In celebration of Michael Jordan’s 52nd birthday, Isaiah, Scott, and Johnny give their answers to various MJ questions:


1. What’s’ your favorite Michael Jordan memory?

Isaiah: It has to be his game-winner against the Utah Jazz in Game 6 of the 1998 NBA Finals.  I was only 8 years old at that time and despite being a Lakers fan, Michael Jordan was my favorite player.  A part of me is a little disappointed that he didn’t make that his final game, though.

Scott: The game winner against the Jazz in the 1998 NBA Finals. I recognize that as MJ’s final game and what a way to go out! He’s the greatest player I’ve ever seen and don’t think anyone will overtake his throne for while.

Johnny: Jordan’s 4th title. This was an emotional time for him as it was Father’s Day and was his first title since his father was murdered back in 1993. The ultimate competitor, this showed the human side of Jordan. The images of him on the floor sobbing in what should have been a time to celebrate was heartbreaking to behold.




2. What is Jordan’s biggest impact left with today’s NBA players?

Isaiah: Marketing.  Michael Jordan was superbly marketed by Nike and it did wonders to both the league and the player.  Nowadays, shoe companies are pushing athletes like never before. Funny how basketball is a team sport.

Scott: Outside of his six rings, I’d say personal branding. The Jordan brand is more popular now than when MJ was playing. He started with the baggy shorts and style off the court and this past All-Star weekend there was a fashion show. Jordan was smart enough to know basketball was a platform not only for his game, but for his personal brand that has exploded since he retired.

Johnny: Undoubtedly marketing. The platform he created really did shape the way players get their brand out there. You now see athletes signing multimillion dollar contract to give themselves a marketing platform, which was heavily influenced by ‘His Airness’ himself.




3. What’s one word to describe Jordan and why?

Isaiah: Transcendent.  There was no one who was the perfect mold of talent, work ethic, personality, and success as he, and there will never be anyone like him.

Scott: Respect. Whether you were a fan or his or not, you respected his game. He was relentless in his pursuit to win and be the best. MJ didn’t rest on his athletic ability, instead he worked harder and smarter than any other player. Even players today that didn’t watch him play know about his legend. That is the ultimate respect.

Johnny: Competitor. Arguably one of the fiercest competitors in sports history, Jordan was simply a killer out on the court. It’s a lost art in today’s sports to find a player who can run his mouth, but back up every single word. He knew he was the best on the court, let people know about it, then showed everyone what he was all about. He accepted all challengers, knowing in the back of his mind that they stood no chance against him.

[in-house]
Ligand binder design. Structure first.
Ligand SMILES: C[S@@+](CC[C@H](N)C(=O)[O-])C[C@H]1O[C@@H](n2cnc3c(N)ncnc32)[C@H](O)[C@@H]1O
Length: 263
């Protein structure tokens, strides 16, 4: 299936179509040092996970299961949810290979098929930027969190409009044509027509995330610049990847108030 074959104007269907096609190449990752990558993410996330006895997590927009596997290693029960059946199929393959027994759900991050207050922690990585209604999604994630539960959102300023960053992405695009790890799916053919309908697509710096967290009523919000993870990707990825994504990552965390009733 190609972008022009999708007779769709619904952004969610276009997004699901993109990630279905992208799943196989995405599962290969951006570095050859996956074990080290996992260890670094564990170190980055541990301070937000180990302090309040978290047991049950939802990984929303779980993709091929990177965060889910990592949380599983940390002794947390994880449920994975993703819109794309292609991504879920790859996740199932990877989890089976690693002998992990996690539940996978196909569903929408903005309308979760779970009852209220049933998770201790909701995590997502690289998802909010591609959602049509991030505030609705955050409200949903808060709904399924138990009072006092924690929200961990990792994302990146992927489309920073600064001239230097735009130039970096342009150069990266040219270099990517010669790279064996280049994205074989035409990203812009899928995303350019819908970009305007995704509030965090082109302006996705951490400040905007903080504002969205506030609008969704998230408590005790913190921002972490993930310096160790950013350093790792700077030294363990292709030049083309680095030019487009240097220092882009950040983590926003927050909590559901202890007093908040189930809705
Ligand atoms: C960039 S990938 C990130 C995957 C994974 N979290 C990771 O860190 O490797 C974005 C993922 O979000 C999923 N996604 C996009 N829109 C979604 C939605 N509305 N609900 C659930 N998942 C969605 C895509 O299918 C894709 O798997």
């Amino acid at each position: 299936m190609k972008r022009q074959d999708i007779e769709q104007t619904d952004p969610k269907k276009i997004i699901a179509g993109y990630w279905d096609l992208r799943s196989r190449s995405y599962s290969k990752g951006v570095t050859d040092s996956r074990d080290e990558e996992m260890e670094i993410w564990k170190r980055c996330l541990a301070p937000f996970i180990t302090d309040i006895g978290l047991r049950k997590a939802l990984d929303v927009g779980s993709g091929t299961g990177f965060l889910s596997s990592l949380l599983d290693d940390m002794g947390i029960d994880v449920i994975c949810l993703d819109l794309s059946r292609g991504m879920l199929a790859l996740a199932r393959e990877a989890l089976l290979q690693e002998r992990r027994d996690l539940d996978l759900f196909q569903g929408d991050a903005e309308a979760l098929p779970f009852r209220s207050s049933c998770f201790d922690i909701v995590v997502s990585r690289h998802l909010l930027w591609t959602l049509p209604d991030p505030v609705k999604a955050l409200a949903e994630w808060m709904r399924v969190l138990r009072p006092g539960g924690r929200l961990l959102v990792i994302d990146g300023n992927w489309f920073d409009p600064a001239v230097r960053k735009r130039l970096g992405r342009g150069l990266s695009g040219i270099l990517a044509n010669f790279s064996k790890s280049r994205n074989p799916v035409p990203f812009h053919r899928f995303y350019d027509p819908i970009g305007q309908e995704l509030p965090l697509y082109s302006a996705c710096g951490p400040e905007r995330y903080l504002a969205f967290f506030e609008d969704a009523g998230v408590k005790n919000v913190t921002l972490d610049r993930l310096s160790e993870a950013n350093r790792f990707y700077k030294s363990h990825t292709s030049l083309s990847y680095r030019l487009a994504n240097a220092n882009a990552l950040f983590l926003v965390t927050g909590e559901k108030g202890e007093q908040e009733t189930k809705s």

4. Can a 52-year old Jordan still play in today’s NBA?

Isaiah:  Unbelievably, yes.  He can’t average the minutes he played during his playing days, but in limited minutes, why not.  He’s kept himself in shape.  His skills are still there.  The athleticism may have diminished but he still is one of the smartest basketball players ever.

Scott: In spot minutes, yes. He could play 20 minutes a game and still average double digits. His footwork and fundamentals are better than most current NBA players and he can still intimidate some stars today. It would be must see TV.

Johnny: Like Scott said, MJ could play some spot minutes but that said, I’m not sure how many. At 52 years old, I am not sure his body could withstand the athleticism we see in today’s NBA, but to be honest, just his competitiveness would allow him to perform at a decent level. Who doesn’t want to see Durant vs Jordan, or even LeBron posting up Jordan? Check out this video from this past summer and make your own conclusions about MJ’s current game:




5. Who comes the closest to Jordan in today’s game?

Isaiah:  Kobe.  From patterning his game after MJ to telling him he could beat him, not one other NBA player comes close.  No has else the drive and discipline to push himself to be greater.

Scott: Kobe. No one else is in that conversation. Not only has Kobe patterned his game after MJ, but he’s almost caught up to him in every statistical category. MJ is better, but even he would say Kobe is the closest thing to himself. I mean he stole all his moves right?

Johnny: Kobe and it’s not even close. Kobe modeled his game after Jordan, studied him, asked him for advice, and has consistently shown flashes of MJ in his game throughout his career (even the trash talking). How Jordan/Kobe played the game is a lost art in the new era of up and down basketball. I’ve always wondered if a player like Durant studied and emulated Jordan’s game like Kobe did, what we could potentially see (and that is scary).


Happy Birthday MJ!

About The Author

NBA & MLS writer for Game 7 Network. Former host of The Half Court Heave Podcast, and was a writer for Laker Nation. LA-born, Philippine-raised, Las Vegas-living.

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